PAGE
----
Janet, the treasurer of our welfare group, told us about a loan that we could take to do something bigger than what we were already doing, and that was music to my ears. ‘It’s from a government body called the Women’s Enterprise Fund.’ Some of the members were wondering how we were going to be able to pay back the money. ‘Hakuna interest,’ said Janet excitedly. Obviously no one believed her. Which government body was handing out loans with no interest?
Janet said that it was a great deal, because the government was trying to empower women. We could build on the businesses we already had, and fix the things in our community that we thought needed fixing – like water. Water was such a problem back then. Everyone needed tanks, but no one could afford any. Were we really going to take on something so monumental?
Karen pulls me out of bed. She asks me what the hell I think I’m doing. I don’t know, myself. I know he was horrible to me…but he was there. Now I am completely alone. All my children are looking up to me, and I don’t think I can do it. I don’t even have the energy to move.
‘I can’t feed you every day,’ Karen says firmly, as she opens my makeshift curtains. ‘You have to get up.’
I look down. I know. I know everything that she’s saying is true. But…my feet won’t move.
‘Your children will die if you don’t get up.’ I flinch. I know she’s right. I know. And yet…
Cera slowly crawls to me. She reaches for her mother. I pick her up. Her little fat fat hands pat my cheek. Suddenly, I remember when she was comforting me…back when I did not leave, could not leave. And I begin to remember what the point of this all is.
Cera smiles at me. She knows I get it. I just needed a little nudge.
We built water tanks for everyone. Big enough to hold 3200 litres. Then the Women’s Enterprise Fund gave us 750K to build a greenhouse. So we built one of those too. We grow sukuma wiki, and malenge, and onions, and tomatoes. Cera went to school. From the loan as well, I got my son a motorbike so he can help work off the loan too. We only give loans with interest based on people’s ability to pay. Otherwise, we just keep circulating the money until we can give it back.
Do I feel empowered? Definitely. I don’t know what I would have done without Karen, without my welfare group, without the fund. I even tell other women about the fund, so that they can get help too. Particularly the ones with children with special needs. I show them what they have to do, and what route I used to get to where I am. I am not the only one suffering, and when I talk to people, I remember that. I am just one of the few not hiding it. And when I don’t hide, I can help others.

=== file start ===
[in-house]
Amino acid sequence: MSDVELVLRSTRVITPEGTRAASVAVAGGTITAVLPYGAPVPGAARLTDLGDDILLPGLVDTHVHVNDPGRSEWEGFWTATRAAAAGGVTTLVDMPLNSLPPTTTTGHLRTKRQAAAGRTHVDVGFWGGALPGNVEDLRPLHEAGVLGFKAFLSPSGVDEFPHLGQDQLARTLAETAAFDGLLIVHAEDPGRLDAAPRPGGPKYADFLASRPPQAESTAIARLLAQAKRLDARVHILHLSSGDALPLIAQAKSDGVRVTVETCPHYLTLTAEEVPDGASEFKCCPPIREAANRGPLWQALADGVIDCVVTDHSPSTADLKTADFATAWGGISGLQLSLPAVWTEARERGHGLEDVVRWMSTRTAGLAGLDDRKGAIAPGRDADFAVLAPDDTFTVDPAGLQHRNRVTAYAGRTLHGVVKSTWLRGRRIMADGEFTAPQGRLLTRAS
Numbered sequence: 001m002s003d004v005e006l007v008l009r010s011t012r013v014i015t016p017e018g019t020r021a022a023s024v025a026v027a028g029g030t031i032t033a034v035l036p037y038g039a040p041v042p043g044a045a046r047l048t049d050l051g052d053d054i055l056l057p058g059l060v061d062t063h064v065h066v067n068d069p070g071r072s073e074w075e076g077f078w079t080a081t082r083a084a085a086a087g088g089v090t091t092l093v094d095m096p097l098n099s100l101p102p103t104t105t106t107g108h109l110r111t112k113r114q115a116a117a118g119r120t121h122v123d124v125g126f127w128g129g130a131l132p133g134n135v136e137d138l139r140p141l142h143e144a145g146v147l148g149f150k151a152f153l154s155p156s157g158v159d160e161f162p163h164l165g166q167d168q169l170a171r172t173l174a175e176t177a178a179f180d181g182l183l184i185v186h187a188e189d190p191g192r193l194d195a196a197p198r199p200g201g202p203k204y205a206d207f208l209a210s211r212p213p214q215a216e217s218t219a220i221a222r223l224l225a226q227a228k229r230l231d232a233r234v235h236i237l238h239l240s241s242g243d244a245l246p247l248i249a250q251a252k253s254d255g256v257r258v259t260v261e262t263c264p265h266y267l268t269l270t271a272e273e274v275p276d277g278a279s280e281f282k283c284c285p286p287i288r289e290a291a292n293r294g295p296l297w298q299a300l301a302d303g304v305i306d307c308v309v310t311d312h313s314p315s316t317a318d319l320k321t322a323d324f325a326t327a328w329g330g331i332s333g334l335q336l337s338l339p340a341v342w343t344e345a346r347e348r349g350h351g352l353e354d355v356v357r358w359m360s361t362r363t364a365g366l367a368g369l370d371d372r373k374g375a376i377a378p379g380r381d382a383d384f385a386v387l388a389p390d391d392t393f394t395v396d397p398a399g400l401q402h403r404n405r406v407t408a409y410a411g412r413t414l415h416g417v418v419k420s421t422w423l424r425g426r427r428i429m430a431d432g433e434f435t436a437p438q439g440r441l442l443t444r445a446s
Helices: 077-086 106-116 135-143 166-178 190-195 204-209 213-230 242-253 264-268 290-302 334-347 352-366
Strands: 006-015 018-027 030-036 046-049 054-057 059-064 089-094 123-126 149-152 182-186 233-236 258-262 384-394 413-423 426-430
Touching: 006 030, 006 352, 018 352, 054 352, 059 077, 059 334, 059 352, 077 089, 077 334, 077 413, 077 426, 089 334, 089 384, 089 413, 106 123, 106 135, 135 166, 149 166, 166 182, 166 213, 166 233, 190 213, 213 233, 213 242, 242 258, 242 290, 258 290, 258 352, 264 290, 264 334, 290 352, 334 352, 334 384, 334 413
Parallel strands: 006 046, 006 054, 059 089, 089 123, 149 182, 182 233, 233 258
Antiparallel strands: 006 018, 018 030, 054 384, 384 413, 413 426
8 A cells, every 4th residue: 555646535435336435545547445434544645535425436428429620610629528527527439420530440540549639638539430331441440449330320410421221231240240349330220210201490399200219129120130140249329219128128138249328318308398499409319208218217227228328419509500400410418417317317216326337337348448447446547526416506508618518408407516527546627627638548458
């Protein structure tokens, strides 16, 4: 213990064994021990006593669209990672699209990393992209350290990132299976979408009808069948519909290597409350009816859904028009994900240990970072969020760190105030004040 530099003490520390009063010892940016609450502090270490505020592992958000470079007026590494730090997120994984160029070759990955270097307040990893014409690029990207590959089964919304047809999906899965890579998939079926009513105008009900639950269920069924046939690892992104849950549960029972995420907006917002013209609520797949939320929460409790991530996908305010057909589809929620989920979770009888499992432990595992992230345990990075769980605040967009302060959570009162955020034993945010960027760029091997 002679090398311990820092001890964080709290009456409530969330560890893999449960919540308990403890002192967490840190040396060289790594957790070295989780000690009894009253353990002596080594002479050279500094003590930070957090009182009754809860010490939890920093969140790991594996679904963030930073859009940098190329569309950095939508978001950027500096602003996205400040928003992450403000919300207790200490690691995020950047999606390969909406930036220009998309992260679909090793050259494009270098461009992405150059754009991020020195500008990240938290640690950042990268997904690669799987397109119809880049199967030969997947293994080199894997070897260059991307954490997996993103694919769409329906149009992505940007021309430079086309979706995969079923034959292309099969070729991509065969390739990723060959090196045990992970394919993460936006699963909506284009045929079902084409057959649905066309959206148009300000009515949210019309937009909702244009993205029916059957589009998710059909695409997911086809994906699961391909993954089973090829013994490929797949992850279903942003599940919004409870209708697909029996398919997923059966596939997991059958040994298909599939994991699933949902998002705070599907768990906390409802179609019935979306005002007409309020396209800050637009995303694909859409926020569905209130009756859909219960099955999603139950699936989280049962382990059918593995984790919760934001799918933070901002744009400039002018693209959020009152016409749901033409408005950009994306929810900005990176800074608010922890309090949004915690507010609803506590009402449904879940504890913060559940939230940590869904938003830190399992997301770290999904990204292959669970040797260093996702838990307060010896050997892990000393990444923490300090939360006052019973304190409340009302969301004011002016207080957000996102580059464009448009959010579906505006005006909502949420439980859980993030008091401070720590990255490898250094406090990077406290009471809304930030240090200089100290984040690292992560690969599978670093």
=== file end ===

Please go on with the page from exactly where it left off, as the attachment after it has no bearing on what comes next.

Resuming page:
This year we’re going to go for a training held by the WEF to teach other women’s groups how to manage our money, and how to market our goods. Through that training, we’ll be able to connect to corporate who might be interested in what we’re doing as well.
Oh, we have our problems. The first year we had the greenhouse, the soil wasn’t working for the crop, so we had to wait a whole year for that to recover. Every so often, someone runs away with the money we give them, either through the loan or the merry go round. But we pay it back, and then let them know that it is our money they have run away with. That usually makes them feel bad! Those are the petty things that happen in groups. We brush it off and keep it moving.
And as for Steve? I never heard from him again. There was nothing more left to say.
I went from selling tomatoes by the road to helping run a greenhouse that sells product all over Kenya. I guess I did get my ‘stall’ – in the end.
This story is a fictionalized account of a member of one of the multiple women’s group who have received interest-free loans and credit from the Women’s Empowerment Fund. Names have been changed to protect privacy. Not pictured above. Photo source